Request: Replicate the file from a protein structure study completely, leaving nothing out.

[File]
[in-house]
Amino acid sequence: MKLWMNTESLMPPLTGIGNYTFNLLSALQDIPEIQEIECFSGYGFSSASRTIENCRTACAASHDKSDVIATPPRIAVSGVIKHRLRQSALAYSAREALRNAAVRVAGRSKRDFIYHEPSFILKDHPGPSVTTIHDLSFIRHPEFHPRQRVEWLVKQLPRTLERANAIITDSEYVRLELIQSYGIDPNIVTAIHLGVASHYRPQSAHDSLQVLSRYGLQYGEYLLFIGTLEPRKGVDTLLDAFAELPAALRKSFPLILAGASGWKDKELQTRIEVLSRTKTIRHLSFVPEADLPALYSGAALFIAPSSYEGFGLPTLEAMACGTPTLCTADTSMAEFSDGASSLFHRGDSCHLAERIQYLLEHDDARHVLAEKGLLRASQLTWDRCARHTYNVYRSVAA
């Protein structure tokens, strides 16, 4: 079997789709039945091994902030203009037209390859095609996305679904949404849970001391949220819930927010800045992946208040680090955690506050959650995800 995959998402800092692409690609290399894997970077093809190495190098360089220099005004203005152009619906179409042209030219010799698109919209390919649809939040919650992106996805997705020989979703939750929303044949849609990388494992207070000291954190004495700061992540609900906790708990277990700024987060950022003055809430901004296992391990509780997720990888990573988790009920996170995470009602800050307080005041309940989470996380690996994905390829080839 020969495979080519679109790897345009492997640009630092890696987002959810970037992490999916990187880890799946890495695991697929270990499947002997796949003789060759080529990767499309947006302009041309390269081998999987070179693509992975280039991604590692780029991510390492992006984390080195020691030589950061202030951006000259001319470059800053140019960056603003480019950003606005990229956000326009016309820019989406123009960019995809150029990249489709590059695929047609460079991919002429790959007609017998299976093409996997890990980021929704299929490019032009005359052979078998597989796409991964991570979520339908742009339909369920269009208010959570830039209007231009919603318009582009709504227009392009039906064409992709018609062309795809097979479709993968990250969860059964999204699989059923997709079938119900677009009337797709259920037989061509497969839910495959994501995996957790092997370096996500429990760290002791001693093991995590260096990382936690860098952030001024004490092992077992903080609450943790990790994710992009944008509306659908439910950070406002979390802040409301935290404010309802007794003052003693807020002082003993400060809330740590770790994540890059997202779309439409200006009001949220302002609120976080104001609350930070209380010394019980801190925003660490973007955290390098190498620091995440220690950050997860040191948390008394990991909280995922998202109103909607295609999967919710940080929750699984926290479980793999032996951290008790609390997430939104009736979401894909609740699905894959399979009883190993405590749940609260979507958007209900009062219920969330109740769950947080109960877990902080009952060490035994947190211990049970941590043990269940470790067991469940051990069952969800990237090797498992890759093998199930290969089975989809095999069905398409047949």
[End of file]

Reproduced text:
[in-house]
Amino acid sequence: MKLWMNTESLMPPLTGIGNYTFNLLSALQDIPEIQEIECFSGYGFSSASRTIENCRTACAASHDKSDVIATPPRIAVSGVIKHRLRQSALAYSAREALRNAAVRVAGRSKRDFIYHEPSFILKDHPGPSVTTIHDLSFIRHPEFHPRQRVEWLVKQLPRTLERANAIITDSEYVRLELIQSYGIDPNIVTAIHLGVASHYRPQSAHDSLQVLSRYGLQYGEYLLFIGTLEPRKGVDTLLDAFAELPAALRKSFPLILAGASGWKDKELQTRIEVLSRTKTIRHLSFVPEADLPALYSGAALFIAPSSYEGFGLPTLEAMACGTPTLCTADTSMAEFSDGASSLFHRGDSCHLAERIQYLLEHDDARHVLAEKGLLRASQLTWDRCARHTYNVYRSVAA
């Protein structure tokens, strides 16, 4: 079997789709039945091994902030203009037209390859095609996305679904949404849970001391949220819930927010800045992946208040680090955690506050959650995800 995959998402800092692409690609290399894997970077093809190495190098360089220099005004203005152009619906179409042209030219010799698109919209390919649809939040919650992106996805997705020989979703939750929303044949849609990388494992207070000291954190004495700061992540609900906790708990277990700024987060950022003055809430901004296992391990509780997720990888990573988790009920996170995470009602800050307080005041309940989470996380690996994905390829080839 020969495979080519679109790897345009492997640009630092890696987002959810970037992490999916990187880890799946890495695991697929270990499947002997796949003789060759080529990767499309947006302009041309390269081998999987070179693509992975280039991604590692780029991510390492992006984390080195020691030589950061202030951006000259001319470059800053140019960056603003480019950003606005990229956000326009016309820019989406123009960019995809150029990249489709590059695929047609460079991919002429790959007609017998299976093409996997890990980021929704299929490019032009005359052979078998597989796409991964991570979520339908742009339909369920269009208010959570830039209007231009919603318009582009709504227009392009039906064409992709018609062309795809097979479709993968990250969860059964999204699989059923997709079938119900677009009337797709259920037989061509497969839910495959994501995996957790092997370096996500429990760290002791001693093991995590260096990382936690860098952030001024004490092992077992903080609450943790990790994710992009944008509306659908439910950070406002979390802040409301935290404010309802007794003052003693807020002082003993400060809330740590770790994540890059997202779309439409200006009001949220302002609120976080104001609350930070209380010394019980801190925003660490973007955290390098190498620091995440220690950050997860040191948390008394990991909280995922998202109103909607295609999967919710940080929750699984926290479980793999032996951290008790609390997430939104009736979401894909609740699905894959399979009883190993405590749940609260979507958007209900009062219920969330109740769950947080109960877990902080009952060490035994947190211990049970941590043990269940470790067991469940051990069952969800990237090797498992890759093998199930290969089975989809095999069905398409047949």